Pecker and Pace: What are the Next Steps?

Kwadar Ray , Managing Editor

Three weeks ago, I penned an opinion piece in The Chronicle calling for Pace to cut ties with David J. Pecker, one of the school’s wealthiest donors, but most notorious alumnus. Pecker, the owner of the National Enquirer, is a tabloid tycoon and has become infamous for unethical practices.

Among the most noteworthy unethical practices Pecker and his magazine have partaken inclifes the recent blackmailing attempt directed at Amazon founder Jeff Bezos, and even worse, the recent uncovering of the “catch and kill” system Pecker used to pay hush money to women coming forward with their allegations of being sexually harassed or assaulted by President Trump.

While I recognized the potential importance of the piece I wrote, the last thing I expected was for it to get as much attention as it has on and off-campus. I’m very appreciative of all the faculty and staff who have told me they agreed with my stance on the issue.

The off-campus response has been sort of surreal. The first outside media publication to pick up the story was the New York Post’s Page Six. Then, Lohud interviewed me about the piece and published an article about it, too. The story was also mentioned in CNN’s Brian Stelter’s Reliable Sources daily newsletter.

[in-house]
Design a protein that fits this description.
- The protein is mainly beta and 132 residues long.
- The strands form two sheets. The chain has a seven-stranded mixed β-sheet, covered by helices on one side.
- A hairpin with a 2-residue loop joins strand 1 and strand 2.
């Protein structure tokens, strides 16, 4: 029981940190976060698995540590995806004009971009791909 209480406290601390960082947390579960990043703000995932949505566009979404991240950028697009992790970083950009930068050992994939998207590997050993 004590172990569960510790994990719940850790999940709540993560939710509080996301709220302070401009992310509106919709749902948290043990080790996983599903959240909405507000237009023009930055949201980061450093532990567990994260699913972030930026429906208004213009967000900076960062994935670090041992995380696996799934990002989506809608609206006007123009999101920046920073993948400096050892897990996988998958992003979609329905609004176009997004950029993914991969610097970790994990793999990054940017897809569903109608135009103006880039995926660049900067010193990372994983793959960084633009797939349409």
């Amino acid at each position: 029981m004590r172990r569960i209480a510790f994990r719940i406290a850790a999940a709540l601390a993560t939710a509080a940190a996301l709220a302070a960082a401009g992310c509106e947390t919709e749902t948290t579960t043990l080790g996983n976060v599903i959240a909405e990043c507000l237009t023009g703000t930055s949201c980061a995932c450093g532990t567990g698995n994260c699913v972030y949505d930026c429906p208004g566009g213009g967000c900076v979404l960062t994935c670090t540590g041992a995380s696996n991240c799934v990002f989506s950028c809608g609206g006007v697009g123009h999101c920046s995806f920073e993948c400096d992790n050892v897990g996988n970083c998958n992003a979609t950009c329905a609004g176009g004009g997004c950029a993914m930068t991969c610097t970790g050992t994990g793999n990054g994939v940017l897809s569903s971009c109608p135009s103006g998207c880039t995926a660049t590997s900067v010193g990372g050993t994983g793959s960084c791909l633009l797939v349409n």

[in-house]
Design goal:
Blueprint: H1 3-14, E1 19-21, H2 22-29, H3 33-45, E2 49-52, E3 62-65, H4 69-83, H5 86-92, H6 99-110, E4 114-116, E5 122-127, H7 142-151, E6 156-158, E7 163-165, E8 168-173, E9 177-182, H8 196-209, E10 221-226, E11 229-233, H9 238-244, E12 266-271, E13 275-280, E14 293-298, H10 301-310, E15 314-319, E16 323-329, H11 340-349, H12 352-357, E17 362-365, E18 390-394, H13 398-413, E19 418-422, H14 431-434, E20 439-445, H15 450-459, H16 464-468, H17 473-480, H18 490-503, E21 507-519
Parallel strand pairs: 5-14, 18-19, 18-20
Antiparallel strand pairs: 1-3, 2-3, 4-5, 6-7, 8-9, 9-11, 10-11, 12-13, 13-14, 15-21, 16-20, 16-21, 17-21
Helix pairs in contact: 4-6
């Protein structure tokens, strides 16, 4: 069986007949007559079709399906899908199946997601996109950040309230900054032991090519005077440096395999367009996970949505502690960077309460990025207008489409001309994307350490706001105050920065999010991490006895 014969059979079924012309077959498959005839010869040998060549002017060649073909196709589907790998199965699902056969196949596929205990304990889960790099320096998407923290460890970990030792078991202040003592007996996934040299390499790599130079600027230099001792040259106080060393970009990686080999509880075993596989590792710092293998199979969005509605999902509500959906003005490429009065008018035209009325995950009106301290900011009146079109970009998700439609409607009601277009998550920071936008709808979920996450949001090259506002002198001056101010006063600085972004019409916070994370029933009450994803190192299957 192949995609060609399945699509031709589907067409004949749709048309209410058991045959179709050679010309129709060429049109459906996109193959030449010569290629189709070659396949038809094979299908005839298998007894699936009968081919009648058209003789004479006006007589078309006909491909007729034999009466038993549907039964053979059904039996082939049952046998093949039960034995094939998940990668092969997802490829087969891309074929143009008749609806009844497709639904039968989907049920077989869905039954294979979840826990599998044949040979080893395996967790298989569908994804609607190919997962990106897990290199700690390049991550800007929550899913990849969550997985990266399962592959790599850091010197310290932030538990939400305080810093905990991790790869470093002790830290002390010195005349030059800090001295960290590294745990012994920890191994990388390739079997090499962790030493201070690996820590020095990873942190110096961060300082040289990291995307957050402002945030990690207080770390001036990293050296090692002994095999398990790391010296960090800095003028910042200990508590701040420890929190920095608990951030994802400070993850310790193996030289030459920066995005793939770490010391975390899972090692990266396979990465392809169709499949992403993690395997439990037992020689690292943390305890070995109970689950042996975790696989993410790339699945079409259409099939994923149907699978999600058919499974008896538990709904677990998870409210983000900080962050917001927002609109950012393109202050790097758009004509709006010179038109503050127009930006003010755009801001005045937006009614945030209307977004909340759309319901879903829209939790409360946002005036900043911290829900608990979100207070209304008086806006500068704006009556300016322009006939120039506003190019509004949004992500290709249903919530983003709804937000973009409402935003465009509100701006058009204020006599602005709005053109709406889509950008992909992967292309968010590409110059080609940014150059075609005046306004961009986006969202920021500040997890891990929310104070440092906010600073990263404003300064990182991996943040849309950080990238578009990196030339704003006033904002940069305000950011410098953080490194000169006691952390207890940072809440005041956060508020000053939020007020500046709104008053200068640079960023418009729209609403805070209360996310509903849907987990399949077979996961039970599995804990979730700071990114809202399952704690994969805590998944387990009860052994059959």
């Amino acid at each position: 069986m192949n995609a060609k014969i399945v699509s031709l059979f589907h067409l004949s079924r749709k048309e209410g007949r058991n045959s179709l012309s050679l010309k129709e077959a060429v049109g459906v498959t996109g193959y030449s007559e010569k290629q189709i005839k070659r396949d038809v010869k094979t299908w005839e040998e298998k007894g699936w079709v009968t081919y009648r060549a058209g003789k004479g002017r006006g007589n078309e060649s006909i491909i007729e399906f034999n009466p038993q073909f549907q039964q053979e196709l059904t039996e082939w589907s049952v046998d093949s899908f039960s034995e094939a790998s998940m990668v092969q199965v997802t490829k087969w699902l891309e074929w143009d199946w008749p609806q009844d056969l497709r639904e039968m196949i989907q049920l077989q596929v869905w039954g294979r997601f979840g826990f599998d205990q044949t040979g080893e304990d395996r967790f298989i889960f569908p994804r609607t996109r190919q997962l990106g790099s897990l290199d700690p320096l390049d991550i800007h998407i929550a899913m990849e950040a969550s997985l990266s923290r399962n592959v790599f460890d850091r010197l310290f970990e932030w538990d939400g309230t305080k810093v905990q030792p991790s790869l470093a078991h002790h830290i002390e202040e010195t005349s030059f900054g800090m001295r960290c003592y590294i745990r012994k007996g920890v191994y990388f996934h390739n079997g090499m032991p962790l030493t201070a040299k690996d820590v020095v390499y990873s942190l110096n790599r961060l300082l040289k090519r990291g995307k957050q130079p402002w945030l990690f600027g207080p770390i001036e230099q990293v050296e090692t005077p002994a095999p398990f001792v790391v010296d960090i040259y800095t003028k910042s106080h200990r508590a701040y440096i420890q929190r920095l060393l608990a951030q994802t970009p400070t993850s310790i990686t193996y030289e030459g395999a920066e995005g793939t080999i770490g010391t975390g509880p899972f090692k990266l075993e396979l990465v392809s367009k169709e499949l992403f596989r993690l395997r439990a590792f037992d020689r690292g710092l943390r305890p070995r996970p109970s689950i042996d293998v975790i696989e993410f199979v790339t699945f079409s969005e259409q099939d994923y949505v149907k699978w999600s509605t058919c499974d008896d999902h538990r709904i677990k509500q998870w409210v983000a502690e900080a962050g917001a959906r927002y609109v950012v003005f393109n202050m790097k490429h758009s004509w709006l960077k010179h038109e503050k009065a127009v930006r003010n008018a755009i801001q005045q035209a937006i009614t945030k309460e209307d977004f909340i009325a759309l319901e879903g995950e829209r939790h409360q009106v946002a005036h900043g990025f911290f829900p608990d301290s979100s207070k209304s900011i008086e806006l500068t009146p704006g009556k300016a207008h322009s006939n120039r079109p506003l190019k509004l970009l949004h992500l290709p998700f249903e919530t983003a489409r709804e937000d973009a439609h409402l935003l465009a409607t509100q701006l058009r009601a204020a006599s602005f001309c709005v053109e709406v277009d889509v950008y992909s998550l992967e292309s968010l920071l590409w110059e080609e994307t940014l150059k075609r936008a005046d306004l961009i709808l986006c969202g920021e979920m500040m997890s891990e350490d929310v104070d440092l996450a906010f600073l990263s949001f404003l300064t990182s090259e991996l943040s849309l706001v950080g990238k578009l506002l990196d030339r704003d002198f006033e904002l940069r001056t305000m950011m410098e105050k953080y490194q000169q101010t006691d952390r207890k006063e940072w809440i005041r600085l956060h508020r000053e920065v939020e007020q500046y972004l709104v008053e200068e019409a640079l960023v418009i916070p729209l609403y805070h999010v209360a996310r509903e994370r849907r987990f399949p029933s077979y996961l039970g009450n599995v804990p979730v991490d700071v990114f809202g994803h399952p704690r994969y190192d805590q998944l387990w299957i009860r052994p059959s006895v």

While it was great for The Chronicle to receive some publicity, there is one thing that stood out from this whole scenario: Pace’s response. Unfortunately, the story did not change the university’s position on Pecker.

“Pace does not have plans to remove David Pecker’s name from the lecture hall or rescind his honorary degree,” Cara Cea, a Pace spokeswoman, told Lohud. “Many programs, facilities and scholarships are supported in large part by the contributions of our many generous alumni, including David Pecker.”

Despite the regional and national attention on the situation, Pace hasn’t been swayed. So ultimately, the piece’s goal hasn’t been reached.

And that is why further action by the community must be taken. Students, facility and staff must continue to press the university on removing Pecker’s name from any honor or building. Whether this means using social media, writing a letter to one of the university’s higher-ups or creating a petition, there are plenty of ways to make Pace act up and do what is right.

If we don’t take these next steps as a community, this story will sadly fade away and get erased by the 24/7 news cycle. Keeping the heat on Pace is the only way to convince the school to sever ties from its most notorious alumnus.